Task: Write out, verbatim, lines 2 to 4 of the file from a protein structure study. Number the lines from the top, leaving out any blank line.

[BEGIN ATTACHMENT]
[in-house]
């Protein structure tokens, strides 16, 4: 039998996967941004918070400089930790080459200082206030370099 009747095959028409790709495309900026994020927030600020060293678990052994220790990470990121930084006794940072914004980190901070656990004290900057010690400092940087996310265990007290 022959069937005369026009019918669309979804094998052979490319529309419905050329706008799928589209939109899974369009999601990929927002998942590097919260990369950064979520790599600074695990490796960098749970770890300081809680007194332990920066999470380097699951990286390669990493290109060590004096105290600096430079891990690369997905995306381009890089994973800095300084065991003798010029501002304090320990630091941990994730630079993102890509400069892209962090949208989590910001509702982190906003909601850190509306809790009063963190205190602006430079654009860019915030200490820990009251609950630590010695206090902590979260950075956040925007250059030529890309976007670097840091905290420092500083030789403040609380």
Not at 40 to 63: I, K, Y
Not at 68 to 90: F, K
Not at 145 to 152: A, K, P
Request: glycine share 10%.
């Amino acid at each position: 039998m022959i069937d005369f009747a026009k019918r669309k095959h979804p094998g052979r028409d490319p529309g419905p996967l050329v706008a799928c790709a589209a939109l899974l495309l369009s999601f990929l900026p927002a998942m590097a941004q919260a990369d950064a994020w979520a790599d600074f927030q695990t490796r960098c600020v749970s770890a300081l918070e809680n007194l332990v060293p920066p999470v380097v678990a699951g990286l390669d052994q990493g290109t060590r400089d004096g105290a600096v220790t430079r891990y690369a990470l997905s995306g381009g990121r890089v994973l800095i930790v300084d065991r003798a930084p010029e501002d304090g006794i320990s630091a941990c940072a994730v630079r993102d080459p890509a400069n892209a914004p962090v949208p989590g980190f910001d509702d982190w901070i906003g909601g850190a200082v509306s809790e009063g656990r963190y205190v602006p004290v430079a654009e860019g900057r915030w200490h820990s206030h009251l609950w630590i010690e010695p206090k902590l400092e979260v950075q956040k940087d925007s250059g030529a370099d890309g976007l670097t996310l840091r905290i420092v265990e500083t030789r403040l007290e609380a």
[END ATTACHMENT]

């Protein structure tokens, strides 16, 4: 039998996967941004918070400089930790080459200082206030370099 009747095959028409790709495309900026994020927030600020060293678990052994220790990470990121930084006794940072914004980190901070656990004290900057010690400092940087996310265990007290 022959069937005369026009019918669309979804094998052979490319529309419905050329706008799928589209939109899974369009999601990929927002998942590097919260990369950064979520790599600074695990490796960098749970770890300081809680007194332990920066999470380097699951990286390669990493290109060590004096105290600096430079891990690369997905995306381009890089994973800095300084065991003798010029501002304090320990630091941990994730630079993102890509400069892209962090949208989590910001509702982190906003909601850190509306809790009063963190205190602006430079654009860019915030200490820990009251609950630590010695206090902590979260950075956040925007250059030529890309976007670097840091905290420092500083030789403040609380």
Not at 40 to 63: I, K, Y
Not at 68 to 90: F, K